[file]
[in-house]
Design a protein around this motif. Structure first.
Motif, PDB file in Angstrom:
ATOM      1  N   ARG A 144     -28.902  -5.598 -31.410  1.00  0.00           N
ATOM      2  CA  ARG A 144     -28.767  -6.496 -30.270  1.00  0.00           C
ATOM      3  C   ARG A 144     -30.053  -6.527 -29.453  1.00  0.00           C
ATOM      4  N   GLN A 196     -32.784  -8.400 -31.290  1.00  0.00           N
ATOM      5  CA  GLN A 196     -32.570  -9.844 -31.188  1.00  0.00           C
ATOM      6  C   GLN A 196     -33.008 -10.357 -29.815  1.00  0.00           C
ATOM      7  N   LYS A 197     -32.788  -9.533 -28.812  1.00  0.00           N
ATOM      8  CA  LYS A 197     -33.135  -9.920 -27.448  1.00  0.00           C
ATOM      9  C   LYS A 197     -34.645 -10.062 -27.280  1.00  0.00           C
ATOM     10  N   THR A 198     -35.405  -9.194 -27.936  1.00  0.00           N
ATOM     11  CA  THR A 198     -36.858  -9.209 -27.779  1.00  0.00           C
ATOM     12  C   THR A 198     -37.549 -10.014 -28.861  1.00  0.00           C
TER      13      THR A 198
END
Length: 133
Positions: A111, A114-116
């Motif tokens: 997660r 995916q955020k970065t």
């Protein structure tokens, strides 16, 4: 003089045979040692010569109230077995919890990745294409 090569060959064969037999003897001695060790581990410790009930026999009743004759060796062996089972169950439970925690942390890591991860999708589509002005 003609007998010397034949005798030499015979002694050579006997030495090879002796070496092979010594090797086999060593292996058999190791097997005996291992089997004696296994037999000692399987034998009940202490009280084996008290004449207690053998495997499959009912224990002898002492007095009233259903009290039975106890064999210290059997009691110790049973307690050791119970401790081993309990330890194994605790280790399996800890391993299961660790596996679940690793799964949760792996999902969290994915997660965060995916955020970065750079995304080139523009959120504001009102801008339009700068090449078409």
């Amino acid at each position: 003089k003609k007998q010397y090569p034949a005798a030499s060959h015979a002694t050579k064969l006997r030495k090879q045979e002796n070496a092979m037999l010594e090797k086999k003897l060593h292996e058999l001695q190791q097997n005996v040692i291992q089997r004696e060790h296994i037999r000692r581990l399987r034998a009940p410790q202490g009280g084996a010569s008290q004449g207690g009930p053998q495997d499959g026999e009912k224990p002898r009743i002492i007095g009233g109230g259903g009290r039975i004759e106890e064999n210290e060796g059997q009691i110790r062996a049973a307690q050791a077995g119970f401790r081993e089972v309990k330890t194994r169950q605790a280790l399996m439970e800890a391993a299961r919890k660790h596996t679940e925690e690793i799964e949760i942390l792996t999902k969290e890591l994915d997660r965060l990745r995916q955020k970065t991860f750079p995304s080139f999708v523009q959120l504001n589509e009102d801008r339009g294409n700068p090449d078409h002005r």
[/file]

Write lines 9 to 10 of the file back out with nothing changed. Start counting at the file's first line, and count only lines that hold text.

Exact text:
ATOM      6  C   GLN A 196     -33.008 -10.357 -29.815  1.00  0.00           C
ATOM      7  N   LYS A 197     -32.788  -9.533 -28.812  1.00  0.00           N